Dean Kvasnikoff.

Author:JACKINSKY, MCKIBBEN
 
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Alaska Native Resource Consultants Inc.

Dean Kvasnikoff is well aware of the issues facing forest-minded Alaskans. His company, Alaska Native Resource Consultants Inc., is the middleman between corporations and contractors, ensuring logging efforts are compatible with state and federal regulations and that reforestation occurs at required levels.

In 1989, as an employee for Klukwan Forest Products, Kvasnikoff witnessed the need to have onsite representation, safeguarding Klukwan Forest Products's interests while contractors carried out logging operations. Before he had an opportunity to present a solution, the market dropped and operations shut down.

When things picked up in 1991 Kvasnikoff approached Ninilchik Native Association Inc. with a proposal t protect NNAI's interests and ensure logging operations were carried out properly. Recognizing the value of Kvasnikoff's idea, the NNAI board of directors created position patterned after his proposal. Kvasnikoff's selection for that position marked the creation of his company, Alaska Native Resource Consultants Inc.

From Alaska Native Resource Consultants Inc.'s Ninilchik office, 58-year-old Kvasnikoff has experienced the Kenai Peninsula's devastating spruce bark beetle infestation. He's helped mold logging practices in the area of Alaska where he was born and raised, and is applying his expertise to champion good stewardship of the Peninsula's resources.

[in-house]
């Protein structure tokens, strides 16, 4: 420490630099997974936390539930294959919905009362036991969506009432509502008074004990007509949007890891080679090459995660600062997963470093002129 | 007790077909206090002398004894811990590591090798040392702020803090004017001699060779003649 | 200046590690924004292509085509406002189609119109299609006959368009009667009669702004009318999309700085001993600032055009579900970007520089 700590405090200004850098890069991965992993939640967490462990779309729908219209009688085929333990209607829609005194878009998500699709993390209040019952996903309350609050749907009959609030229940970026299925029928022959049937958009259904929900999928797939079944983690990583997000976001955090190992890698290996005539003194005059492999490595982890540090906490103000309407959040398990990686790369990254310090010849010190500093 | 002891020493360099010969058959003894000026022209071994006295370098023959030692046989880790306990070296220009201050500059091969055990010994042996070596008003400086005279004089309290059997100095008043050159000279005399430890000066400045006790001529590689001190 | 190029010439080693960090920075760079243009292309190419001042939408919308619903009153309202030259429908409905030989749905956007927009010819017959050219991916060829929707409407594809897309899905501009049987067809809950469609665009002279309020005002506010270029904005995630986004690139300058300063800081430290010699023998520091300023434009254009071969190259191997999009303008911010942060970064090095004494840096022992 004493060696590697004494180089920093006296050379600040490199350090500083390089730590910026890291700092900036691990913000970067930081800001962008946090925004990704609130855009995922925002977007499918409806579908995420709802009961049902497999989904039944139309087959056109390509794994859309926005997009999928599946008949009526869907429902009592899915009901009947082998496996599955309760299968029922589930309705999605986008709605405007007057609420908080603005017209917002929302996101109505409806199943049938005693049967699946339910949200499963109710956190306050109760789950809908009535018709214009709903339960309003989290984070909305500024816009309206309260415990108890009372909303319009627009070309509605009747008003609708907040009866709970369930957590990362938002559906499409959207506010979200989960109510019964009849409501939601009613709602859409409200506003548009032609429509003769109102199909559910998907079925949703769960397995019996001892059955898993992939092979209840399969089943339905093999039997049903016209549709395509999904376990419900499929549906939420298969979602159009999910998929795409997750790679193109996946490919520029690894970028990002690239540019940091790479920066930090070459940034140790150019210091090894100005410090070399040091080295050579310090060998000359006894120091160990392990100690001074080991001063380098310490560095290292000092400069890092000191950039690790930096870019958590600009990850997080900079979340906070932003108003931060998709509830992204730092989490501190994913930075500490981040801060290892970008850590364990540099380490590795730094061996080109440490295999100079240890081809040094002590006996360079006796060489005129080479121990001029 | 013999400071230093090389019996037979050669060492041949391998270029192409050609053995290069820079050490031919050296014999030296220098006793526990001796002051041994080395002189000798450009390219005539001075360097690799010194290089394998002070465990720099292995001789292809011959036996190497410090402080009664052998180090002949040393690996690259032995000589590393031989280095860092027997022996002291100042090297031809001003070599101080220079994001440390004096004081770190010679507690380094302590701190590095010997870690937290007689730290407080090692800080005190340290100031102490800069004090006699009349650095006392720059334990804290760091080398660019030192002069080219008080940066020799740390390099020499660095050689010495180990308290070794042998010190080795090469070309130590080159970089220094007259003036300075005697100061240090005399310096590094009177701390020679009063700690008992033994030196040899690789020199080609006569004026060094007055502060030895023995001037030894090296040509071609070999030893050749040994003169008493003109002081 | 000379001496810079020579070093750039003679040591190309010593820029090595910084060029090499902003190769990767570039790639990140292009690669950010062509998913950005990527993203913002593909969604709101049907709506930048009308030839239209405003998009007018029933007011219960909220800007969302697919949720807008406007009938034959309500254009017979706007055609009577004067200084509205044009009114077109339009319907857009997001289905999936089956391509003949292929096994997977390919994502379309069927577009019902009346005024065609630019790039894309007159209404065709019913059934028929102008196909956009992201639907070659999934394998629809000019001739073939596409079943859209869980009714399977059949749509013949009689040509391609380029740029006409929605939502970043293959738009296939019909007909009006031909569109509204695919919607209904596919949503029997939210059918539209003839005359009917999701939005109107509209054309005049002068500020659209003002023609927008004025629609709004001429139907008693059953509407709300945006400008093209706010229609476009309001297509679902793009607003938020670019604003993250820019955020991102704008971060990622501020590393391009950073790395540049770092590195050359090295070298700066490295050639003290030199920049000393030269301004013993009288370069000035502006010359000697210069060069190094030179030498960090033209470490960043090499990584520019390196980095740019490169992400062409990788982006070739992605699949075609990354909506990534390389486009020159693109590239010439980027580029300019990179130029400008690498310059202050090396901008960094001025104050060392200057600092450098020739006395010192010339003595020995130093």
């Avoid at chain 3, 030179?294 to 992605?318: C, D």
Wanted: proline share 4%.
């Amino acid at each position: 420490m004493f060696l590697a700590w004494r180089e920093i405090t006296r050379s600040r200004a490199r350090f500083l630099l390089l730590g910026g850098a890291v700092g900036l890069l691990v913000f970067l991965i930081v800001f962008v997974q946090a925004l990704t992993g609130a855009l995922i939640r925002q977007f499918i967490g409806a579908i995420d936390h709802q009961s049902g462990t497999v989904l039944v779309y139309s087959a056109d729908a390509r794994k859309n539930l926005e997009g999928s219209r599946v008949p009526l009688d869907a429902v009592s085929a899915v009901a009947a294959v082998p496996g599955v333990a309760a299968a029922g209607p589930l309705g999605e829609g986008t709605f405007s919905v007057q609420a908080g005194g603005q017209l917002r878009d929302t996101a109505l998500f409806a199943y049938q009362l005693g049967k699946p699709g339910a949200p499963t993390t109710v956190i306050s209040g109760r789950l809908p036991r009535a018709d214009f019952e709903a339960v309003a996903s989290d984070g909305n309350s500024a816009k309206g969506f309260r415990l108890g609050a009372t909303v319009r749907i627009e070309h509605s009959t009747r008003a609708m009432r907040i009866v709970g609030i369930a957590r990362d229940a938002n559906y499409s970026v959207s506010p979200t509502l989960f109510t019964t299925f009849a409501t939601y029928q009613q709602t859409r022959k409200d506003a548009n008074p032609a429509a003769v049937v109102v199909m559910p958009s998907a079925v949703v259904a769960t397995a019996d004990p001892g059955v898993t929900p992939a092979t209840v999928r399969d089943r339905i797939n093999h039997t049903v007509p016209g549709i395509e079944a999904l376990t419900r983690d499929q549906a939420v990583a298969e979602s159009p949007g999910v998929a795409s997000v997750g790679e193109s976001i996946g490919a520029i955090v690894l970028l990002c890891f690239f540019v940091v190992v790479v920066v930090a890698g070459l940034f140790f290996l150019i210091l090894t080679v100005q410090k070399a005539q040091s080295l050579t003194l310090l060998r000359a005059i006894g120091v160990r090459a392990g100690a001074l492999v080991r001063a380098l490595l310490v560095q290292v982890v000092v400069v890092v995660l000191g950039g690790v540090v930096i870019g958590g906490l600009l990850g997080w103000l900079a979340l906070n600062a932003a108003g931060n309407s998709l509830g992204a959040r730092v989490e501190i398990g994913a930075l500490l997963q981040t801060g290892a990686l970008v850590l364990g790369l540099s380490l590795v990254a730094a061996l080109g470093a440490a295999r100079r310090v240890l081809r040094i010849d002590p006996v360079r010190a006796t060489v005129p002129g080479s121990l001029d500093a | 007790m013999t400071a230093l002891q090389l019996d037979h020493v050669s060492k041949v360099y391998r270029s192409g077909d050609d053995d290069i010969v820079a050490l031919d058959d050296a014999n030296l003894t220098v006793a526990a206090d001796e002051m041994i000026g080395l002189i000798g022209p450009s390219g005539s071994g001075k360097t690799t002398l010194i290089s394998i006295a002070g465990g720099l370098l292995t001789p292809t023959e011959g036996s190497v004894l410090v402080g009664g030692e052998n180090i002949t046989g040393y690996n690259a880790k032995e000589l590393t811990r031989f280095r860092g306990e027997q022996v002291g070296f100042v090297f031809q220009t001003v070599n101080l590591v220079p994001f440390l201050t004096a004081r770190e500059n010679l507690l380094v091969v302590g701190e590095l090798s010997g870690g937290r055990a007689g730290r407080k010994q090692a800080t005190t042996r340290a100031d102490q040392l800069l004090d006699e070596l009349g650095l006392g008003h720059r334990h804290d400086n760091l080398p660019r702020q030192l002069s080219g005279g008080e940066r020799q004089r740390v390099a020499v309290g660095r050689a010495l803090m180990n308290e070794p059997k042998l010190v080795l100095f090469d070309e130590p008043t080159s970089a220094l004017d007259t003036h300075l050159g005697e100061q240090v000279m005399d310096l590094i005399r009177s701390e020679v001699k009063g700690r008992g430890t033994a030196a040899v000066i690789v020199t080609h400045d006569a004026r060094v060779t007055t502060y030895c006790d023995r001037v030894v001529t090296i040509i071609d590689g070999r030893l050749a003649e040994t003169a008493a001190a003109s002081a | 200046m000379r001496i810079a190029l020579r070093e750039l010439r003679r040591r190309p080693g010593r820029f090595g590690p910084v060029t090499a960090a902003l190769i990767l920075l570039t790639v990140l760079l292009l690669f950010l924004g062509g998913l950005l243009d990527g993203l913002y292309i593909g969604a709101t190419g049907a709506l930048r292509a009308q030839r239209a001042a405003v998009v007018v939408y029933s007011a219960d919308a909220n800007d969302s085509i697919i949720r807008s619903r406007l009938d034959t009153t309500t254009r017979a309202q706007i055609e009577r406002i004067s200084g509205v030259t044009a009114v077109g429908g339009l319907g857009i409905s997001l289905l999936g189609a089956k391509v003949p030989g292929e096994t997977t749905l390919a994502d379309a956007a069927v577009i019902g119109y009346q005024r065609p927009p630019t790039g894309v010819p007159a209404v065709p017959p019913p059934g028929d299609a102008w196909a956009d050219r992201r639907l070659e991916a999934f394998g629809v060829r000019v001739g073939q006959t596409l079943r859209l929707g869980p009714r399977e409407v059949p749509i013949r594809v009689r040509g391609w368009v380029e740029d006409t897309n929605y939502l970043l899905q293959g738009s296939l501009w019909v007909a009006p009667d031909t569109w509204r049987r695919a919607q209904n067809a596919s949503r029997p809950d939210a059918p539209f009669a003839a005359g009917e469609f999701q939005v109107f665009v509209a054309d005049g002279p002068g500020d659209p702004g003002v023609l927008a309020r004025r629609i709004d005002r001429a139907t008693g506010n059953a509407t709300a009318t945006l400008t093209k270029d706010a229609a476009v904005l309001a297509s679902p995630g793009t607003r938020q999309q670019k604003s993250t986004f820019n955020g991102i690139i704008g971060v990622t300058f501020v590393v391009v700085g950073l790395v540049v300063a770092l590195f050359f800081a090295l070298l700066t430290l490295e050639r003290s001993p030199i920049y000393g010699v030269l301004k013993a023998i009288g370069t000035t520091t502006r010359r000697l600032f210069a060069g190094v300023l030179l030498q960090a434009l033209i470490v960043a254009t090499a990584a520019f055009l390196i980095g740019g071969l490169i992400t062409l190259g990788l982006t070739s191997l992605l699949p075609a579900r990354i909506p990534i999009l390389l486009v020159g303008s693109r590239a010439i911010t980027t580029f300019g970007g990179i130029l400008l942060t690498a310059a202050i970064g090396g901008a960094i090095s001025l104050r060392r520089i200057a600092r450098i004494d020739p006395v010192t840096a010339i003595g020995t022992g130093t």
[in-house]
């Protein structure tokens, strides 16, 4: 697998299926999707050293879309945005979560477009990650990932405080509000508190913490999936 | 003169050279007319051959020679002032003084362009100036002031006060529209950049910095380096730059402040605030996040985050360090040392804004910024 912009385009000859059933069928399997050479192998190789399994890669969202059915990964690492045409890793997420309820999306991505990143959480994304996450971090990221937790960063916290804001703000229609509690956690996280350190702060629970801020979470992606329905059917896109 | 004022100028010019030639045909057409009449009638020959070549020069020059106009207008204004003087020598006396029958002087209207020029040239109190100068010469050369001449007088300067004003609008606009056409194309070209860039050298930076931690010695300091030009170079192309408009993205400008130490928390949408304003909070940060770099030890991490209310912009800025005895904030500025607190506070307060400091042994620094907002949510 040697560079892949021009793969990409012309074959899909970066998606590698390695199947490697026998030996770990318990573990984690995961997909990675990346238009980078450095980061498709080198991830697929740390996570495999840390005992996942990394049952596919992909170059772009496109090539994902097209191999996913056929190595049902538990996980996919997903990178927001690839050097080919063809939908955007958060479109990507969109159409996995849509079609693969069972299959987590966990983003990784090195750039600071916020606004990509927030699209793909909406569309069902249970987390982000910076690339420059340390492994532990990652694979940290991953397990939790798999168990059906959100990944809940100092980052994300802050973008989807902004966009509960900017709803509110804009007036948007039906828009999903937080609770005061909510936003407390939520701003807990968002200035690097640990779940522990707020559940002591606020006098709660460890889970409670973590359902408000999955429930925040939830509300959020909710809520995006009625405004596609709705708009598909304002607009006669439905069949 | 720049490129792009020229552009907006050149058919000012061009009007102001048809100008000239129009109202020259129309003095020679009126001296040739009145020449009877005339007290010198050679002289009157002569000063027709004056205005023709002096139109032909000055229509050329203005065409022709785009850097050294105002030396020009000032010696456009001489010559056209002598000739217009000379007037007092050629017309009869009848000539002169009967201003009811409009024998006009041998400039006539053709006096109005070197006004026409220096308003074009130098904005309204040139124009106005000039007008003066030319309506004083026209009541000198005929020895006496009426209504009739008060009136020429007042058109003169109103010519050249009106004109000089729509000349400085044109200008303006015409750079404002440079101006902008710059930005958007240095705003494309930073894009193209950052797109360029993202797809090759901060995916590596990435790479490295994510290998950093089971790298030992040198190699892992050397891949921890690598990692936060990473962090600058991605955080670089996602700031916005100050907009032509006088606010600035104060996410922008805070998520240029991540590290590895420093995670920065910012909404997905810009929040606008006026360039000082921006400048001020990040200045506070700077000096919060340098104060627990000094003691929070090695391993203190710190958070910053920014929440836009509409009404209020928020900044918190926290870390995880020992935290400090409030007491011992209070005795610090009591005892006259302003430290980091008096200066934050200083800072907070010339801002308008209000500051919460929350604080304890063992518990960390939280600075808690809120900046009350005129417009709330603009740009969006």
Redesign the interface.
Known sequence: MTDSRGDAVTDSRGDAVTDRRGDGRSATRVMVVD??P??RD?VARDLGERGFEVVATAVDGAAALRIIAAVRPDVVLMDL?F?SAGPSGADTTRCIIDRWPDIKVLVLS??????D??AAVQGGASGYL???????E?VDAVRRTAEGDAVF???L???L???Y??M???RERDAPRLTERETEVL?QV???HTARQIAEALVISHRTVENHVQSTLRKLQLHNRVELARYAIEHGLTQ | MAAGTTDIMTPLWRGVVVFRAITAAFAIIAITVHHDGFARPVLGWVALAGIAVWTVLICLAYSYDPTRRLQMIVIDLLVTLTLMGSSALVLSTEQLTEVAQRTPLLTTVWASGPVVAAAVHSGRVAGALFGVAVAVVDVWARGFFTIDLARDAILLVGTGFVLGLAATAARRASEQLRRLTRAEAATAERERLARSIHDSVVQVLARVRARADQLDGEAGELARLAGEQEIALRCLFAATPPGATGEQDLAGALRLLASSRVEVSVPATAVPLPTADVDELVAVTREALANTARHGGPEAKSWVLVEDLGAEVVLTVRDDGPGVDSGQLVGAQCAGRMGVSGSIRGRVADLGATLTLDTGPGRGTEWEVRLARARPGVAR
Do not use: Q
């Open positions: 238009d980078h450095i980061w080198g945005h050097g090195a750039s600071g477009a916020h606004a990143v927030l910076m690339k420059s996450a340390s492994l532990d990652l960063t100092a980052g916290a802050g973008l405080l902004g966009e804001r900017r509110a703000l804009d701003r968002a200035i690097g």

ABM: Over the past decade, the Kenai Peninsula's thick stands of spruce have been reduced to skeletal gray silhouettes by the spruce bark beetle infestation. Why couldn't we stop it?

Kvasnikoff: The answer is simple: We knew little about what effect spruce bark beetles would have on conditions such as those presented by the Kenai Peninsula. To make matters worse, this is considered the worst infestation of spruce bark beetles in North America. In the last 10 years, 2 million to 3 million acres of forested land have been impacted. In 1998 the Interior Appropriations Bill called for the USDA Forest Service to establish a task force to prepare an action plan for managing the infestation and rehabilitating infested areas. Eleven representatives from the private sector and six agency advisory panelists were selected to address the situation with some intense on-the-job training. We had to learn what the beetles were doing and then try to get one step ahead of them.

ABM: Task force members represented government, education, tourism, recreation...

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